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Questions Remain on Form 8300 Cryptocurrency Reporting Requirements

Over a year ago, Citrin Cooperman released an alert breaking down cryptocurrency reporting requirements that would go into effect for 2023. This included the filing of Internal Revenue Service (IRS) Form 8300 to report payments of $10,000 or more in cryptocurrency. Yet today, there are still unanswered questions pertaining to the intricacies of cryptocurrency transactions and how these kinds of payments should be reported on the existing form. Four key issues include:

Whether or not trades need to be reported

For example, if someone is receiving ETH for USD, or some other cryptocurrency, does this need to be reported? The exact wording of Form 8300’s instructions seem to indicate that it does. Although, in many cases, such as purchasing ETH from Coinbase, issuing Form 8300 to Coinbase does not seem logical.

How to complete Part 1 of Form 8300

Part 1 of Form 8300 is for listing the name, contact information, and taxpayer identification number of the individual(s) who provided the payment of $10,000 or more. This is most likely not available when dealing with a business paying electronically. In that case, “N/A” may be an appropriate response for the first name and last name box, but at this time, there has been no guidance from the IRS on this.

Bulk filing capability

It appears to be possible to bulk file Form 8300 with an XML file, but it takes some custom coding to build it. Some market participants may have over 100 of these transactions every month, so it may be helpful for those companies to start to build out processes for collecting data filing.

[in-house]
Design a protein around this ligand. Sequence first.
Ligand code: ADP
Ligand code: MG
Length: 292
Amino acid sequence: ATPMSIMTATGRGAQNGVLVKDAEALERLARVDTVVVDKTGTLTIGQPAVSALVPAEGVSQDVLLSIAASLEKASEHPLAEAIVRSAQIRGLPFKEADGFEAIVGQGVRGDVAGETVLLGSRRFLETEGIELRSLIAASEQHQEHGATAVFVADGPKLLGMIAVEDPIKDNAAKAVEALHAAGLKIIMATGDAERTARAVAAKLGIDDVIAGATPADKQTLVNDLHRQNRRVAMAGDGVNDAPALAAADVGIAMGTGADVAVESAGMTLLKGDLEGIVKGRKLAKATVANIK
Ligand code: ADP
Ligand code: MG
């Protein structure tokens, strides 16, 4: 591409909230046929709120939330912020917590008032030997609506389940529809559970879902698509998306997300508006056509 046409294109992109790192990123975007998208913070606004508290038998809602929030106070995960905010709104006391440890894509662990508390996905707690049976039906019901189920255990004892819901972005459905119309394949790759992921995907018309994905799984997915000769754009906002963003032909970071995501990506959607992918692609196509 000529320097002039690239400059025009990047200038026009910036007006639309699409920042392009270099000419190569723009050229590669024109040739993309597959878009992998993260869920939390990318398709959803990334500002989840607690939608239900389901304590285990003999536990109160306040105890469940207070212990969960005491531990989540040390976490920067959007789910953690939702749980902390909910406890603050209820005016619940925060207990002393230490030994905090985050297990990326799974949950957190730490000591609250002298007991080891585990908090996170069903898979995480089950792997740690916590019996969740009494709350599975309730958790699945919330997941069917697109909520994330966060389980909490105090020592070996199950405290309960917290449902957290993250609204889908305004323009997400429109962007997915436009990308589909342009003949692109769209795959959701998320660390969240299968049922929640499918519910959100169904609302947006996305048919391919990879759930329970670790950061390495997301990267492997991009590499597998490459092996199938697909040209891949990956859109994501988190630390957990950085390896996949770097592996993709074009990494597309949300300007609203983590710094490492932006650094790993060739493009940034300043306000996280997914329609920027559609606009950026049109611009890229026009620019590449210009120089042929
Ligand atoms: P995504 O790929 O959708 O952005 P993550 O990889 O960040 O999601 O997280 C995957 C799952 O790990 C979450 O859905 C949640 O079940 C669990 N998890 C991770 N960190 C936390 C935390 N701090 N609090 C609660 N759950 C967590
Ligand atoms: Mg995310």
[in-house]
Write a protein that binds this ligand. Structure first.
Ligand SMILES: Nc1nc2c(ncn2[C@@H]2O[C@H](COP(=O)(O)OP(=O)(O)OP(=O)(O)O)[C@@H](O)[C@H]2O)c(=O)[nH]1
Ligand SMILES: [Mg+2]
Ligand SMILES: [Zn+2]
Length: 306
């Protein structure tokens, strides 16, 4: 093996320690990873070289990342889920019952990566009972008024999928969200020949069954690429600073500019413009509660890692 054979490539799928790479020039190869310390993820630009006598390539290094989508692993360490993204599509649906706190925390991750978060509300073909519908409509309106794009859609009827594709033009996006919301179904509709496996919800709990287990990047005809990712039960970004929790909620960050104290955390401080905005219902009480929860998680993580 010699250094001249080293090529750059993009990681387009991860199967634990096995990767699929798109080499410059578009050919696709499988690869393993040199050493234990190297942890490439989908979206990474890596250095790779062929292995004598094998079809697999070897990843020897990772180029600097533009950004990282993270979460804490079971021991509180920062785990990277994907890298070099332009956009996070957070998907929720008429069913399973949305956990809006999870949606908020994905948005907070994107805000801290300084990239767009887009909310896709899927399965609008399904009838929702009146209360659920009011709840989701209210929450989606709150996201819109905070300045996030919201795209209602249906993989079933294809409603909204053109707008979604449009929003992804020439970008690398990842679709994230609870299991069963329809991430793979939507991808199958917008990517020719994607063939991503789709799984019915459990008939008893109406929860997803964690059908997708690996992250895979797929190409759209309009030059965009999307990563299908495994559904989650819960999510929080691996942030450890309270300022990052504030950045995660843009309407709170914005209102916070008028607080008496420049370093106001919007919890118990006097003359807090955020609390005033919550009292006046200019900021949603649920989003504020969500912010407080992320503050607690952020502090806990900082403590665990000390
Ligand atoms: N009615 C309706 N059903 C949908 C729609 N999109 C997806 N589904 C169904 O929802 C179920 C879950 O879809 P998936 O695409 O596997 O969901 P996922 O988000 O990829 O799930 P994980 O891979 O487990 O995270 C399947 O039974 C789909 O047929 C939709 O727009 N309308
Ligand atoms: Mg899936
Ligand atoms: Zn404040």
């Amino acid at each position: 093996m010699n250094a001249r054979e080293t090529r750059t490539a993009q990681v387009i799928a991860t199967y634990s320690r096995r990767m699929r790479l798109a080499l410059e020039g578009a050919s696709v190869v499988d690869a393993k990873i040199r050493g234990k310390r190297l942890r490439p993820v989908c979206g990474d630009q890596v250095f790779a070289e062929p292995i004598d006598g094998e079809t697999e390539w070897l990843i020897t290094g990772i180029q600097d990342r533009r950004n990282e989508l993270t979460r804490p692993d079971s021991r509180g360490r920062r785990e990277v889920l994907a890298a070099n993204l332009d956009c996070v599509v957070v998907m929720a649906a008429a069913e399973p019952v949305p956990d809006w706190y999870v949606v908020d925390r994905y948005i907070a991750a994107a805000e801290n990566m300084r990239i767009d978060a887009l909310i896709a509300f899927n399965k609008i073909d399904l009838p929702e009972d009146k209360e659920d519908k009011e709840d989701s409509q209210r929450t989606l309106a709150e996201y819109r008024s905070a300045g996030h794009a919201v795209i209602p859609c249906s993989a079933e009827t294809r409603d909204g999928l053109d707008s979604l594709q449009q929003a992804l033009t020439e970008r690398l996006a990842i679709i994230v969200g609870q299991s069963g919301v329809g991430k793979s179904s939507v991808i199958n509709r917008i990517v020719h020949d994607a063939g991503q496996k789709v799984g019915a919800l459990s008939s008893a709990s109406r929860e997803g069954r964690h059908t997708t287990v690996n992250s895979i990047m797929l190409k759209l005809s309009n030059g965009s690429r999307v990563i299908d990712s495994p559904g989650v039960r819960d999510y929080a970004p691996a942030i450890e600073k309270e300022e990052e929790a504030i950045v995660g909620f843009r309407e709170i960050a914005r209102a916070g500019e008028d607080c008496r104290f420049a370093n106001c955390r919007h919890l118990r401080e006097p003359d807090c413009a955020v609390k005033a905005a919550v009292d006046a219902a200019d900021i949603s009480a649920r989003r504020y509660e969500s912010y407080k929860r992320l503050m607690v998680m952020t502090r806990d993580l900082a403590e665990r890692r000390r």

International considerations

There are many different permutations of companies with an international presence, particularly in the digital asset industry. Companies may be partially located in the U.S. due to the presence of revenue generated there, shareholders living there, intellectual property located there, employees living there, a parent or subsidiary located there, etc. The Treasury Department has yet to release any additional guidance on what might fall under the purview of Form 8300 from that perspective.

The Treasury Department and IRS recently announced that these requirements will not be enforced for digital asset transactions until they provide additional guidance, answering the questions above, among others. To read the full announcement, click here.

As always, Citrin Cooperman’s Digital Asset Industry Practice will continue to monitor for additional guidance and updates to these reporting requirements. If you have any questions, please contact your Citrin Cooperman tax professional, Mark DiMichael at, or our Digital Asset Committee at

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